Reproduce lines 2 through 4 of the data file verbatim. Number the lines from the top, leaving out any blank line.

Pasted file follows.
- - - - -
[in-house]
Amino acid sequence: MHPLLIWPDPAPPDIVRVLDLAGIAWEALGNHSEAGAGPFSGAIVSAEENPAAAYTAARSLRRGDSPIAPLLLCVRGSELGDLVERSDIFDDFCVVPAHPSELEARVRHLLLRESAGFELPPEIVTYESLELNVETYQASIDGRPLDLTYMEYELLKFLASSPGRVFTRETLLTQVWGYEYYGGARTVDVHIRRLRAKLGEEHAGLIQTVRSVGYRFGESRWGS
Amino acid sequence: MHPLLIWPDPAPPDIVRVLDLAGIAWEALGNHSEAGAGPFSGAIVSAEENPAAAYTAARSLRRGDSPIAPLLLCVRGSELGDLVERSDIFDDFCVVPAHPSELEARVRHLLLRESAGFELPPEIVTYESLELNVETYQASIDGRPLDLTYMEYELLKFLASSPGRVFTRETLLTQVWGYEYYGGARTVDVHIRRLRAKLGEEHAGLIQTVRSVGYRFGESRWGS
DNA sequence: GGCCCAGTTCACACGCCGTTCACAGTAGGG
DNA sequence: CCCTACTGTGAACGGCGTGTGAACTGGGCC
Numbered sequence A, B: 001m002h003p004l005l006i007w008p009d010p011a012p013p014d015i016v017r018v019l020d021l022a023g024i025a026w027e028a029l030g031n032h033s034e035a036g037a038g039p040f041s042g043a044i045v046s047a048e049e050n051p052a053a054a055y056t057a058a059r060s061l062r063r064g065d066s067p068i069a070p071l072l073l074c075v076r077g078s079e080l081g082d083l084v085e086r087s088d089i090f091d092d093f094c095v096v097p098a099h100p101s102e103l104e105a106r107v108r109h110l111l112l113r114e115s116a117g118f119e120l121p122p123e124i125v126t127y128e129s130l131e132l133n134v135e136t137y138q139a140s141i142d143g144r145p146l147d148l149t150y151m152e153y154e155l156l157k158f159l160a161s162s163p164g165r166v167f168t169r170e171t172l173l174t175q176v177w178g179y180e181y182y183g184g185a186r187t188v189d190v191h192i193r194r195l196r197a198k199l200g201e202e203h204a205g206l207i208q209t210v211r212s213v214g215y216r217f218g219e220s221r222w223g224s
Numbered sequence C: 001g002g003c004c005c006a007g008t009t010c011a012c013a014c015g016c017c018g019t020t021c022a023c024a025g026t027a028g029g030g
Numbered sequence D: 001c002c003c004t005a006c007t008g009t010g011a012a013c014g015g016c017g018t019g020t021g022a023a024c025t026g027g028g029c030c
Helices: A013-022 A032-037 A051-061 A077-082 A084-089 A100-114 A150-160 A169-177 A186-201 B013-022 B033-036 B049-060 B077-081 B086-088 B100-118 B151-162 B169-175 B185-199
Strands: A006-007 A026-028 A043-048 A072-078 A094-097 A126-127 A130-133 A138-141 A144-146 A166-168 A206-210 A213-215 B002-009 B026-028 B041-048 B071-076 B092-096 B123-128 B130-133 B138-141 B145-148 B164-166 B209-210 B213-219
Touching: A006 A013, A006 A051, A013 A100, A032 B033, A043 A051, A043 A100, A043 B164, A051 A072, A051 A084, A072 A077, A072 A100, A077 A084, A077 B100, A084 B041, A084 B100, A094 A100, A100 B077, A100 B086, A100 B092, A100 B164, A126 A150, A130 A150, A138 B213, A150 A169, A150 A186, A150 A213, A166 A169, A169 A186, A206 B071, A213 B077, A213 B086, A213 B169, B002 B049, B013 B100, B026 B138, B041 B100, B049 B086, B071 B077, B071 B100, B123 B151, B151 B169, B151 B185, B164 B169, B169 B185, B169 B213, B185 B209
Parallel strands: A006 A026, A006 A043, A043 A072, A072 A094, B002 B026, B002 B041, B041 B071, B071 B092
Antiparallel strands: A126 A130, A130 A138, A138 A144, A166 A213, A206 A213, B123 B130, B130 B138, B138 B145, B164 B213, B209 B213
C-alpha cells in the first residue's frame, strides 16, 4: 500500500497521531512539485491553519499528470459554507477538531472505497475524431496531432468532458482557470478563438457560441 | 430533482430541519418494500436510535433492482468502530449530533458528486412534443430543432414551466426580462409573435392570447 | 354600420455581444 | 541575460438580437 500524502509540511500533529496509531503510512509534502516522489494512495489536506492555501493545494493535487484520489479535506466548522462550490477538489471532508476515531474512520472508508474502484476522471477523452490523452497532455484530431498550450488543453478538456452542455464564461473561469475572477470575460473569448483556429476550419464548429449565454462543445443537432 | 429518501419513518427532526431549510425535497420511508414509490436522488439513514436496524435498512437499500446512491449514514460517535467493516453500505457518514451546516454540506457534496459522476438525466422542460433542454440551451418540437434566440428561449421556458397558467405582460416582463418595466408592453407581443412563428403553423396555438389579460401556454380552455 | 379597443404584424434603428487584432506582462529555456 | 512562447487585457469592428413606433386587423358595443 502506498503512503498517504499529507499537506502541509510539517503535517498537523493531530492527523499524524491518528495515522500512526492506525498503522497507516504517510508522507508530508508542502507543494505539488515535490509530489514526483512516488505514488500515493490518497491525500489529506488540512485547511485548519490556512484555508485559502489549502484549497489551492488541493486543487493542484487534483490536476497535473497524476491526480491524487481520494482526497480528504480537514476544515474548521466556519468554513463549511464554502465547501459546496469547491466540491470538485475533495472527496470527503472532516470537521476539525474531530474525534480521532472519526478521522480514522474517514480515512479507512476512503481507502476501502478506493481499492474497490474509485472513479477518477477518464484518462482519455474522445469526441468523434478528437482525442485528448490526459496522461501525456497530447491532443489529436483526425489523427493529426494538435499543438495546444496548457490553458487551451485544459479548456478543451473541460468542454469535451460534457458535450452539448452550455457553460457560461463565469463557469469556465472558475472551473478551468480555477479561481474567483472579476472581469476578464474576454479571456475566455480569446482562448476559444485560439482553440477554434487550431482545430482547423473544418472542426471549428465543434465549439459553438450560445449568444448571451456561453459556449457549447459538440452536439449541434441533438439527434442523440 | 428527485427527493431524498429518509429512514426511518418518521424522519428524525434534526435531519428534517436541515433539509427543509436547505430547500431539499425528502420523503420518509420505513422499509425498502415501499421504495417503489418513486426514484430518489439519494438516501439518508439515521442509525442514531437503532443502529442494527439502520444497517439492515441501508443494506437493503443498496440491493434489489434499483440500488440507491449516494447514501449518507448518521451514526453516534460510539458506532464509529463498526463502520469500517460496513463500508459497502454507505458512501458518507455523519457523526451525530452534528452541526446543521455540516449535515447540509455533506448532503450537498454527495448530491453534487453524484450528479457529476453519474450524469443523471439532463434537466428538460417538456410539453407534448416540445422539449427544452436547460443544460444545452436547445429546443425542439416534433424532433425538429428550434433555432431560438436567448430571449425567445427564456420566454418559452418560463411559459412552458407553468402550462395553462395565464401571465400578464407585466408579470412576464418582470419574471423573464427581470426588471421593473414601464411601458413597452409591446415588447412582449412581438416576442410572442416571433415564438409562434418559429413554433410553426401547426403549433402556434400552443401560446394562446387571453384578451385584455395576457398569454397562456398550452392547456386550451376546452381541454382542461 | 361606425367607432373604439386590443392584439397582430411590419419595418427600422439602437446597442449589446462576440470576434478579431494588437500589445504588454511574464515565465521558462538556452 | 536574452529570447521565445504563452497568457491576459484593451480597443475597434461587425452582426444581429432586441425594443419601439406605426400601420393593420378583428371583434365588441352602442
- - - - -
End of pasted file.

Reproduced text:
Amino acid sequence: MHPLLIWPDPAPPDIVRVLDLAGIAWEALGNHSEAGAGPFSGAIVSAEENPAAAYTAARSLRRGDSPIAPLLLCVRGSELGDLVERSDIFDDFCVVPAHPSELEARVRHLLLRESAGFELPPEIVTYESLELNVETYQASIDGRPLDLTYMEYELLKFLASSPGRVFTRETLLTQVWGYEYYGGARTVDVHIRRLRAKLGEEHAGLIQTVRSVGYRFGESRWGS
Amino acid sequence: MHPLLIWPDPAPPDIVRVLDLAGIAWEALGNHSEAGAGPFSGAIVSAEENPAAAYTAARSLRRGDSPIAPLLLCVRGSELGDLVERSDIFDDFCVVPAHPSELEARVRHLLLRESAGFELPPEIVTYESLELNVETYQASIDGRPLDLTYMEYELLKFLASSPGRVFTRETLLTQVWGYEYYGGARTVDVHIRRLRAKLGEEHAGLIQTVRSVGYRFGESRWGS
DNA sequence: GGCCCAGTTCACACGCCGTTCACAGTAGGG